.Posted by lex, on June 6, 2006
The LA Times today had a story on a concept I hadn’t heard of before: The oblique flying wing * –
The plane would have no fuselage or tail; early models resemble a cross between a giant boomerang and a surfboard. What it lacks in stability, it would more than compensate for with unequaled aerodynamic efficiency.
For commercial flight, such a plane could cut by half the time it would take to fly to Tokyo from Los Angeles — all without burning the massive amounts of fuel that ultimately doomed the Concorde supersonic jet.
For the military, which is paying for Northrop’s design work, the aircraft could fly quickly to a war zone and then loiter at low speeds to extend the time to carry out its mission.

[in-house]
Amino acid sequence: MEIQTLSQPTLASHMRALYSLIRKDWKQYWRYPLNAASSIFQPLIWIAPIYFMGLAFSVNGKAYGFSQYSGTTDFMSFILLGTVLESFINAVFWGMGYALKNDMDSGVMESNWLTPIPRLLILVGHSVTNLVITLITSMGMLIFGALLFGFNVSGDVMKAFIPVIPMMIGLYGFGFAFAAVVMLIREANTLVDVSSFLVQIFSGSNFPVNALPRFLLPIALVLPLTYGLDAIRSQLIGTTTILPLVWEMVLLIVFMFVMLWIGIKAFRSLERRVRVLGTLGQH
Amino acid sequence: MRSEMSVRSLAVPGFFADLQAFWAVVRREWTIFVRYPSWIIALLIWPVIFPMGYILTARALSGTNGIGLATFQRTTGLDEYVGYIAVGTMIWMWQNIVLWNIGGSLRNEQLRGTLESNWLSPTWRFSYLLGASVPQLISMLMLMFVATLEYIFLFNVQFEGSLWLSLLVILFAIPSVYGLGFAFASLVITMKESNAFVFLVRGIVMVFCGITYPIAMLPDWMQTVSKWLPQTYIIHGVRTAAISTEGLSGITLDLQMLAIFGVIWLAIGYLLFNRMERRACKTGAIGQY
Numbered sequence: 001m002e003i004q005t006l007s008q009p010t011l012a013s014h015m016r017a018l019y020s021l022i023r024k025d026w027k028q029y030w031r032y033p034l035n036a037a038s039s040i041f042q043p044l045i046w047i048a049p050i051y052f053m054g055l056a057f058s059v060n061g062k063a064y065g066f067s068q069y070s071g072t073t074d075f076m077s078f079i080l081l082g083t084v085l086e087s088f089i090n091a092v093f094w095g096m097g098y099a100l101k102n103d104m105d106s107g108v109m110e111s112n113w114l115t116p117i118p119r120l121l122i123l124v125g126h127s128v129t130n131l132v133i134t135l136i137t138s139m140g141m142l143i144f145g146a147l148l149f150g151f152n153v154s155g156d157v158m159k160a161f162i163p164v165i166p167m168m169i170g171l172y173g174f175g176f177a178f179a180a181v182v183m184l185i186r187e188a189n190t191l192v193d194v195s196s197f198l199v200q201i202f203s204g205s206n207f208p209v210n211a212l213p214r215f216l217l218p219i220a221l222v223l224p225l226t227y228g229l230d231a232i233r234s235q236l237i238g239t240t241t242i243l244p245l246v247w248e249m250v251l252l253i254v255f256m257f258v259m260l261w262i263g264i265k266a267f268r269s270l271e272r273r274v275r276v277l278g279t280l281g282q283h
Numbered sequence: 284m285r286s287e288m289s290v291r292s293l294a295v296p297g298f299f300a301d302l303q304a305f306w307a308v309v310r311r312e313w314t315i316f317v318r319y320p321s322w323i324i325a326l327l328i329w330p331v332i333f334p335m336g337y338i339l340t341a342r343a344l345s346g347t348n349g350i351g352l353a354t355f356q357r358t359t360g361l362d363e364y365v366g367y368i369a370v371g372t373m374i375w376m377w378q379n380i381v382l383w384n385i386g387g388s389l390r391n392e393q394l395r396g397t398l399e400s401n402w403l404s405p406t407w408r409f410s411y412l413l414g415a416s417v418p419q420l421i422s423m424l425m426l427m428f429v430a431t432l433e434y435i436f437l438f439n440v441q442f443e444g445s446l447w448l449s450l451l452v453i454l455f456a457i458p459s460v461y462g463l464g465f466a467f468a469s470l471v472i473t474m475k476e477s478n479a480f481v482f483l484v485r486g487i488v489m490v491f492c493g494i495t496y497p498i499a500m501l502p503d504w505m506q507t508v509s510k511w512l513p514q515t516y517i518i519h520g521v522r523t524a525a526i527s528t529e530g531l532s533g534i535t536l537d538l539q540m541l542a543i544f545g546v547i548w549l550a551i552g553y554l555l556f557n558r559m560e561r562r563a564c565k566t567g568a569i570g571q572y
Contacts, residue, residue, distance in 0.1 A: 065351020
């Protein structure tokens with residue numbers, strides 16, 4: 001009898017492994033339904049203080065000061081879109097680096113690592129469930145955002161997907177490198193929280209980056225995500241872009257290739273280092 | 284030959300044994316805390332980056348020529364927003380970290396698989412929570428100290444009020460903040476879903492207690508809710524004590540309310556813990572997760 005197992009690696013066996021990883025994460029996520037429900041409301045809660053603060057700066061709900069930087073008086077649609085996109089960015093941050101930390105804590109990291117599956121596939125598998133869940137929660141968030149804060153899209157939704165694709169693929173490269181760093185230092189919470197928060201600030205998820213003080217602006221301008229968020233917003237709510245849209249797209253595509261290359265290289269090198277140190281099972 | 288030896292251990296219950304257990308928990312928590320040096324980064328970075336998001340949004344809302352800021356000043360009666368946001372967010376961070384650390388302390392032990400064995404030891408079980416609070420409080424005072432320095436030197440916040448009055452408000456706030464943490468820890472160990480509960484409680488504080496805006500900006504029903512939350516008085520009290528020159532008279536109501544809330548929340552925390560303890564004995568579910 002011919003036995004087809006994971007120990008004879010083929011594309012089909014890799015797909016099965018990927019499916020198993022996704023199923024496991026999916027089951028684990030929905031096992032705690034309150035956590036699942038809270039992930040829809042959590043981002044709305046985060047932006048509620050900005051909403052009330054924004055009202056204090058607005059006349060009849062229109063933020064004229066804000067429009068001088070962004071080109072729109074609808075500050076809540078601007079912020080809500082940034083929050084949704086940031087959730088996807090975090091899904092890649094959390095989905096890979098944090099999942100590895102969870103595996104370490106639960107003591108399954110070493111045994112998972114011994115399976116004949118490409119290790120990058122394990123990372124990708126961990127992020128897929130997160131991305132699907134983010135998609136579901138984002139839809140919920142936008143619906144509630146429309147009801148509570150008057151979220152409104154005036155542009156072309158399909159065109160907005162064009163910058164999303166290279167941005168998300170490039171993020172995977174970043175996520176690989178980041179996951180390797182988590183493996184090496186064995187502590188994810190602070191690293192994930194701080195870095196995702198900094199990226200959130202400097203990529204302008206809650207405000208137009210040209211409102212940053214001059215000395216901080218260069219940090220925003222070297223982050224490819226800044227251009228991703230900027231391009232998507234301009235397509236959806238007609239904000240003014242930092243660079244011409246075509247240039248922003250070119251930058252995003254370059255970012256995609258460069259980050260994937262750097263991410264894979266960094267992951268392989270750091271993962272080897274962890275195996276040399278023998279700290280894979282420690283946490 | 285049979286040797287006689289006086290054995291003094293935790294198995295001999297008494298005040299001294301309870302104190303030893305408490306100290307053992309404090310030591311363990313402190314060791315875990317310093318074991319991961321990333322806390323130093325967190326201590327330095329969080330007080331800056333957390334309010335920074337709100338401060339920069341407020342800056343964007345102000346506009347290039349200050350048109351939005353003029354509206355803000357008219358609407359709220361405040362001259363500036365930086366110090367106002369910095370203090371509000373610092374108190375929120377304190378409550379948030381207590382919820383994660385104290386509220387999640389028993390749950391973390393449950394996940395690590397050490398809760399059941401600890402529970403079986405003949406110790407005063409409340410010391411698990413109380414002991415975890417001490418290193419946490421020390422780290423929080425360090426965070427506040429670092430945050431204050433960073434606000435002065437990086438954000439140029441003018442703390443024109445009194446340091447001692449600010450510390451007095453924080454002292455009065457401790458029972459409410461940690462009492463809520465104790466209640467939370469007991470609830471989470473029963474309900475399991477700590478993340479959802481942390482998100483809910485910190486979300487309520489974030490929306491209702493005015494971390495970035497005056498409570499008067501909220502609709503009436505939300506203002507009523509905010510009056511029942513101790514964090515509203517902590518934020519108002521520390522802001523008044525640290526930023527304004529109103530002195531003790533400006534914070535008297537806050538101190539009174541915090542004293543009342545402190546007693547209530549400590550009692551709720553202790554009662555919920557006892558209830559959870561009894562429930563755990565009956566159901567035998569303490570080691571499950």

“It’s the holy grail of aerodynamics,” said Joe Pawlowski, the program’s manager.
Not to be confused with flying wing designs of either antiquity (that’d be B2’s timeframe) or modernity, the OFW would actually pivot airborne, with the wing’s full span used for take-off, approach and landing, and the plane rotating around its center of lift to present a narrower profile in cruise flight.
The good news? Apparently the aircraft could supercruise without extended use of afterburners, subtracting hours off of intercontinental travel while enabling extended ranges (and efficiency). The bad news? It’s going to be huge.
If it ever gets off the ground, that is.
** 08-15-20 Link gone – Ed.